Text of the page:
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Braves' Class-A affiliate no-hits Royals' affiliate in consecutive games

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(Lynchburg Hillcats)

(Lynchburg Hillcats)

The fact that we've witnessed Clayton Kershaw and Tim Lincecum each throw a no-hitter in the past 10 days is pretty special. However, it's not nearly as special as what the Lynchburg Hillcats (Class A-Advanced affiliate of the Atlanta Braves) have been able to accomplish over the past two days. In consecutive games on Thursday and Friday, Hillcat pitchers have combined to throw no-hitters against the Wilmington Blue Rocks (Kansas City Royals affiliate). 

On Thursday, starter Lucas Sims delivered seven no-hit innings in their 5-1 victory. He did allow an unearned run to go along with six strikeouts and four walks. Reliever Alex Wilson struck out three and walked two over the final two frames to finish off part one of the double no-nos.

On Friday, Cody Scarpetta was simply dominant for seven innings, allowing only a walk while striking out seven in a 5-0 win. Benino Pruneda would follow with two hitless innings to finish part two. But it almost wasn't to be. With two outs and two strikes, Jared Schlehber hit a ball that was described to have home run distance, but hooked foul by mere feet. Pruenda struck him out one pitch later to complete part two.

The moment that out was recorded and catcher Tyler Tewell — who was behind the plate for the entirety of both games — charged the mound to celebrate, the focus of many went directly to what this means historically.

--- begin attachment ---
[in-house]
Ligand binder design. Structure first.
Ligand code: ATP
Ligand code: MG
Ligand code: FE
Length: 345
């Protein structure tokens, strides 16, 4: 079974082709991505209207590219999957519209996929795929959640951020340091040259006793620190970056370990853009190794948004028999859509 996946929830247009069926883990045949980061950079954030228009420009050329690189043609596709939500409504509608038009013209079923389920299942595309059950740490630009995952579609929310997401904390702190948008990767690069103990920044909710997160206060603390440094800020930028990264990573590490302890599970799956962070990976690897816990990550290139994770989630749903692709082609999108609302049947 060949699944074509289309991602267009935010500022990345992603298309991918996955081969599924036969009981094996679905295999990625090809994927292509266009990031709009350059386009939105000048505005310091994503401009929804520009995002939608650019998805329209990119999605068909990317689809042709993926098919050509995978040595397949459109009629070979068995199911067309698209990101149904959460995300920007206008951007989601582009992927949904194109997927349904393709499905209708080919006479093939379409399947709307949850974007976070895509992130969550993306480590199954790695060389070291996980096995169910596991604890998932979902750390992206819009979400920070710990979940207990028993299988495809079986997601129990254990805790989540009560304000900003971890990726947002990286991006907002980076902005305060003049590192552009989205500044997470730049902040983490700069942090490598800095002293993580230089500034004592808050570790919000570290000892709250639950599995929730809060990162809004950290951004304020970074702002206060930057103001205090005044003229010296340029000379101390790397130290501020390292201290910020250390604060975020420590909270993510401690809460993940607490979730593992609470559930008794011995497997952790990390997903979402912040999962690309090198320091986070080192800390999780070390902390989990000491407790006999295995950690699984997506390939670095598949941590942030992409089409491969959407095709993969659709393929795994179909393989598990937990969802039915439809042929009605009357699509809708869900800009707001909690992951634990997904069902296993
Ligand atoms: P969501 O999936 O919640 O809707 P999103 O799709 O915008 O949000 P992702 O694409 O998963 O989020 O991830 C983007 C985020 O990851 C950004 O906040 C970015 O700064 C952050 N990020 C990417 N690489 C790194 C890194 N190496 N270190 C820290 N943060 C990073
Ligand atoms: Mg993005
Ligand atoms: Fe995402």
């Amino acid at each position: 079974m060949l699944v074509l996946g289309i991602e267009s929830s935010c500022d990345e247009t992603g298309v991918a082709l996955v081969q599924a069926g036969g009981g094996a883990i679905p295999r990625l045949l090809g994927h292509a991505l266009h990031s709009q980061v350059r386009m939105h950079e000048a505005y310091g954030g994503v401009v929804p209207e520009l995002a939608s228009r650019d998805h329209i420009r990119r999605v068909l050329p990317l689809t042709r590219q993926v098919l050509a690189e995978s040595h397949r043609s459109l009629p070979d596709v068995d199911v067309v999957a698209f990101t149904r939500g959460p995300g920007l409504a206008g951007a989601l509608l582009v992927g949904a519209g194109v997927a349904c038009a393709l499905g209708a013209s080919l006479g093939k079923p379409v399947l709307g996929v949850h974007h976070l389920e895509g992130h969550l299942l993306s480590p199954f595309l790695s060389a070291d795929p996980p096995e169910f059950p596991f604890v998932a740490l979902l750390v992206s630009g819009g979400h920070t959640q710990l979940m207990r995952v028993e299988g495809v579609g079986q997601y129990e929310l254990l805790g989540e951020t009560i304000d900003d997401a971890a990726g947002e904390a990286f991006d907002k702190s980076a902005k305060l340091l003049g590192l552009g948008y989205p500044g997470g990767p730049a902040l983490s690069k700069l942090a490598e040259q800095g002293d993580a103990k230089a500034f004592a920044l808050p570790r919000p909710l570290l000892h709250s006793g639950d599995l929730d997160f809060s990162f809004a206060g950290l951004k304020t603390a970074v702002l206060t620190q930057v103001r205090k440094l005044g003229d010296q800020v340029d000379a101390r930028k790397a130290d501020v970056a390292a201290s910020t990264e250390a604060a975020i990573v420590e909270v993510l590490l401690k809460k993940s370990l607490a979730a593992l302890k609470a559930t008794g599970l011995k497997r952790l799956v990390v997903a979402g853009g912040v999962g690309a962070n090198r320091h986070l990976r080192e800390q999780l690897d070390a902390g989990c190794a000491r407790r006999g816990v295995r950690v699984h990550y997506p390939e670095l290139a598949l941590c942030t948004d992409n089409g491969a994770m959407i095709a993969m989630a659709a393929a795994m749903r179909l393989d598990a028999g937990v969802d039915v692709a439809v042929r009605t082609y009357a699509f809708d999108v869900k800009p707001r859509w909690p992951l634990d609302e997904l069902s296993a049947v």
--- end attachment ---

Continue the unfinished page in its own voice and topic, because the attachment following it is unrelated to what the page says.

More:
Here's what MiLB.com was able to dig up:

It's believed to be the first time in Carolina League history in which a team has thrown no-hitters on consecutive days against the same opponent, although consecutive no-nos on the same day has happened before, oddly enough. On May 15, 1966, Rocky Mount pitched no-hitters in both games of a doubleheader against Greensboro, with Dick Drago working the opener and Darrell Clark the nightcap. Both of those contests were seven innings, though.

Fascinating and impressive, but we'll give the nod to Lynchburg for going the distance in both games. Even if both were combined efforts, it doesn't take away from their rare accomplishment. Besides, combined no-hitters are fairly common in the minors anyway, mostly because teams have strict pitch counts on their younger pitchers. That would definitely apply to Scarpetta in this case, as he's currently working his way back from Tommy John surgery.

Another interesting note on Scarpetta. He admitted following the game that the no-hit streak was on his mind pretty much from the beginning of the game.

"Honestly, every inning I went out there, I was thinking, 'Well that's 11 consecutive innings of no hits ... that's 12 ... '" he said. "Every pitch, it's kind of in your head. But once I got out there, I was locked in and trying to make my pitches."

Not many pitchers would admit that, but Scarpetta's focus was obviously razor sharp.

On the other side of the ledger, Wilimington has to deal with being no-hit on consecutive days. In fact, their hitless streak is now at 20 2/3 innings dating back to Wednesday. Despite the presence of two top Royals prospects — Bubba Starling and Raul Mondesi Jr. — they're hitting a league worst .222 as a team this season, so this isn't a sudden issue for them.

They'll look to get off the schneid, or at least gain some confidence, against the Salem Red Sox on Saturday. Meanwhile, Lynchburg will go for the most improbable third straight no-hitter at home against the Myrtle Beach Pelicans.

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Mark Townsend is a writer for Big League Stew on Yahoo Sports. Have a tip? Email him at bigleaguestew@yahoo.com or follow him on Twitter!

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